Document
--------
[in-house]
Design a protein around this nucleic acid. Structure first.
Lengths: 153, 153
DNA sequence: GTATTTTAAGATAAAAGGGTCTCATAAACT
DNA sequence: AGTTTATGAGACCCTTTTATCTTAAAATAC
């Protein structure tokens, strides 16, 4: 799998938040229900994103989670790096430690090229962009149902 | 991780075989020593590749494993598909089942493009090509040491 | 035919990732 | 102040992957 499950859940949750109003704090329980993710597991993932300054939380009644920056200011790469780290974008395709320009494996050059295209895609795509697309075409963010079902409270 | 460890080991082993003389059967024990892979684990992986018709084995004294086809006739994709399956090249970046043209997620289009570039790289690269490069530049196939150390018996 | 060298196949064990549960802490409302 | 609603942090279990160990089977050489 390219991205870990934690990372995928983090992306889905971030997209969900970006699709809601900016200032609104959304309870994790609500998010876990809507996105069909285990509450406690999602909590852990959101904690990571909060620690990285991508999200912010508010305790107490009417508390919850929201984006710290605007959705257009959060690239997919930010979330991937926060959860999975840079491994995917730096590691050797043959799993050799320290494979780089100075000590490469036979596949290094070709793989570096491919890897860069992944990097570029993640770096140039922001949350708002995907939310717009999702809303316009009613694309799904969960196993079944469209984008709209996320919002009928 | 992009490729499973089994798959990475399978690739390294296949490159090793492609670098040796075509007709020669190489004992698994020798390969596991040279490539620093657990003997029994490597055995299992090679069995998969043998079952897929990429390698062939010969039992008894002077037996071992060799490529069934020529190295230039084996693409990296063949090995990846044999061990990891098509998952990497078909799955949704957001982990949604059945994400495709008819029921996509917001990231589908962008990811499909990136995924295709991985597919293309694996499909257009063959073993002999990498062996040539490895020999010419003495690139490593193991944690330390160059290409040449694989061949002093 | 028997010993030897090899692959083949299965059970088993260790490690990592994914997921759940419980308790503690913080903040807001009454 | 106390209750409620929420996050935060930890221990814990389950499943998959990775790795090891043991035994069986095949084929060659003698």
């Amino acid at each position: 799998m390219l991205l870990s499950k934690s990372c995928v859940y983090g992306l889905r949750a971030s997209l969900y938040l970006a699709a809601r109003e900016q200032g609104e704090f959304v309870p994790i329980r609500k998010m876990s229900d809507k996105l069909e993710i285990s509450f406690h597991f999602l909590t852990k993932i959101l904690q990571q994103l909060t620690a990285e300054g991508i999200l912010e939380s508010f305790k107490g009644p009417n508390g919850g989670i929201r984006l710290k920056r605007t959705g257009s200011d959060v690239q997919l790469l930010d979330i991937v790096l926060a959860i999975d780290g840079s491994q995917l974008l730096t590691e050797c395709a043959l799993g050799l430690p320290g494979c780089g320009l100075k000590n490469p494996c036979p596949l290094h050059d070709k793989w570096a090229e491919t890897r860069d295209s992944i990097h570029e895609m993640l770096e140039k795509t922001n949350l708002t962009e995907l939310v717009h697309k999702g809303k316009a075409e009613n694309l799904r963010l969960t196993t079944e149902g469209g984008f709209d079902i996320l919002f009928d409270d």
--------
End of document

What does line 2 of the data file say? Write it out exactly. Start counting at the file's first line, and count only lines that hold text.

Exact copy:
Design a protein around this nucleic acid. Structure first.